Now, we are at the historical point where another period of major reforms appears overdue, and once again we have a Labour-led Government in office. As with the Depression of the 1930s or the economic crisis of 1984, we face a time of major upheaval and uncertainty, this time with the impact and consequences of the Covid-19 coronavirus. But while the mantra for economic and social change in the wake of Covid-19 is strong, it is not yet clear whether it will in fact amount to much.

Those obligations will all be massive of themselves, leaving little likely scope for any more widespread social and economic transformation. Like it or not, for the next few years, government will be very much about maintenance and restoration

Despite the Prime Minister’s pledge at the time of assuming office that her government would be “transformational”, there was little substantial transformation of New Zealand’s society or economy in the two and a half years before Covid-19 struck. In part, this is because of the constraints imposed by the dynamic of the current three-party governing arrangement, where New Zealand First has been able to operate an effective veto on anything modern or progressive being implemented. But it is also a factor of the government’s recurring inability to implement major changes – as the failure of its flagship KiwiBuild programme, and the delays in the development of Auckland’s promised light rail system highlight.

Some argue that because of the changes induced by Covid-19, a re-elected Labour-led Government later this year, especially one without the shackle of New Zealand First, will have the mandate to move more boldly down the path of economic and social transformation it talked about. However, unless there are major changes in the make-up of the Cabinet – which seem unlikely given the current crop of backbenchers – the same level of incompetence that has bedevilled the implementation of most of the government’s initiatives to date will continue, reducing the credibility of claims about the scope of changes that might be considered.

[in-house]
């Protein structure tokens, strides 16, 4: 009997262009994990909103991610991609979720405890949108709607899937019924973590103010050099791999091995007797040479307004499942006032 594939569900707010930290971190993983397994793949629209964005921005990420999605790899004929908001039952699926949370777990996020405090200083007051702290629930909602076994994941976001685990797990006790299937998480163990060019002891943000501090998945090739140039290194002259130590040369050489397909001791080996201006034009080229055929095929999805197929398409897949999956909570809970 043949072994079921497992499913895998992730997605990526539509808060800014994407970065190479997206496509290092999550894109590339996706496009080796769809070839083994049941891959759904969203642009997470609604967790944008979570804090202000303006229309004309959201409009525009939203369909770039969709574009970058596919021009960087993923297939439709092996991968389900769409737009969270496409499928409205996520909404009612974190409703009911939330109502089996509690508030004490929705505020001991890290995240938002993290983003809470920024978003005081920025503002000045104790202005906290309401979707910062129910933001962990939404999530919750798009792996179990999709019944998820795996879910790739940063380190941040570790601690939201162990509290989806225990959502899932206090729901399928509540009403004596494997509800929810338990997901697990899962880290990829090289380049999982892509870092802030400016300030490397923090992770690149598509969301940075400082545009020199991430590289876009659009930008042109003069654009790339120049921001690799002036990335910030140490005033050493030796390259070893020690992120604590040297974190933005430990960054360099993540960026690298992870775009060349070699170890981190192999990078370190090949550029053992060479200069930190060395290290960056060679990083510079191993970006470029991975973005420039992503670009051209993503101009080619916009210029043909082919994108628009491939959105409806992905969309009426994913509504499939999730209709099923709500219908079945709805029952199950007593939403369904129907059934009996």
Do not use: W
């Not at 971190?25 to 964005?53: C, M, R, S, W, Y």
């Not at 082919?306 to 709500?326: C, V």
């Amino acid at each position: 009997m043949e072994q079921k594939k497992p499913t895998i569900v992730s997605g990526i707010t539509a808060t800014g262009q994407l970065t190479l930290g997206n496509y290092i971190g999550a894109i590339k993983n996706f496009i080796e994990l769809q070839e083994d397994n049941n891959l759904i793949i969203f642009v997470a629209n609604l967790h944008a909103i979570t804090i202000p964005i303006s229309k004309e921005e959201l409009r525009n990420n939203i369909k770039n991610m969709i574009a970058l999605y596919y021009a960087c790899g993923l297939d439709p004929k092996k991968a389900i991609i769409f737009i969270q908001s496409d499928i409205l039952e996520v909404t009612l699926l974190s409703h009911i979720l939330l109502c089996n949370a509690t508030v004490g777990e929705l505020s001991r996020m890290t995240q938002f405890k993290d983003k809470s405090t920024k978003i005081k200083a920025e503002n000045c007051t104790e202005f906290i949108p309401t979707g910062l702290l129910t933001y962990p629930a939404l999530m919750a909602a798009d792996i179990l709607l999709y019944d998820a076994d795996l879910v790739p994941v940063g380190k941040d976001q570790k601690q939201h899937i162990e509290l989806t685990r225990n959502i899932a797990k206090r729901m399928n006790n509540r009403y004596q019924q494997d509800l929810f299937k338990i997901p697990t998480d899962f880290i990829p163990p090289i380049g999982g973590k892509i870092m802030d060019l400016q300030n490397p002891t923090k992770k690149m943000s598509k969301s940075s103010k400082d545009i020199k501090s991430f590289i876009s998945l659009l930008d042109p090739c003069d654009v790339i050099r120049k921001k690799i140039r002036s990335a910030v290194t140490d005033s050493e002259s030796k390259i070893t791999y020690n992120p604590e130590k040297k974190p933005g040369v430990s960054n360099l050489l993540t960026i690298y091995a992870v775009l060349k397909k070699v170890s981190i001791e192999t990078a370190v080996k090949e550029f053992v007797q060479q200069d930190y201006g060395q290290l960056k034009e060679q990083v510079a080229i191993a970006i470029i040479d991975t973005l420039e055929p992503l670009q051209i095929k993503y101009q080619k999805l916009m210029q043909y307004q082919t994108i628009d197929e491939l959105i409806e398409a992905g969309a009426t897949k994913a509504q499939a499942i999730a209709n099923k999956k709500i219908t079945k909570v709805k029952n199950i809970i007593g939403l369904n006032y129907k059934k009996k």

Moreover, the significant long-term fiscal constraints imposed by the response to the Covid-19 crisis so far will leave the Government severely financially incapacitated for some years to come. Reducing the public debt levels built up to fund the Covid-19 response will become a major priority. At the same time, wider government policies are likely to be necessarily centred around the recovery of the New Zealand economy, the restoration of jobs and opportunity, and above all, future proofing the country to the best extent possible against a similar pandemic in the future. Those obligations will all be massive of themselves, leaving little likely scope for any more widespread social and economic transformation. Like it or not, for the next few years, government will be very much about maintenance and restoration, and people whose lives and careers have already been upended by Covid-19 are unlikely to take kindly to any priorities beyond those.

In the Budget, the Minister of Finance invoked the memory of the 1935 Labour government. Although not stated specifically, the clear implication was that the current Government saw itself following in that government’s footsteps. After all, both were in office at a time of abnormal international upheaval, with a mandate for rebuilding society in its wake. But there the similarity stops. Whereas the Covid-19 crisis is very much ongoing and developing, with so many unknowns yet to be fully understood let alone resolved, the Great Depression was past its peak by 1935, with the international focus by then very much on recovery.

Nevertheless, Labour’s instincts to be the party that initiates the next wave of major economic and social reforms is consistent with the country’s historical pattern, so the Minister of Finance’s wistful aspirations may not be entirely misplaced.

It is more that they will now take longer to come to fruition than originally intended. The next three years are going to be very grim ones for the Government and the country, with deep unemployment, and massive household and government debt to be repaid. And, at the end of them, a different government could well come to power, leaving Labour’s dreams of transformational change deferred for another day.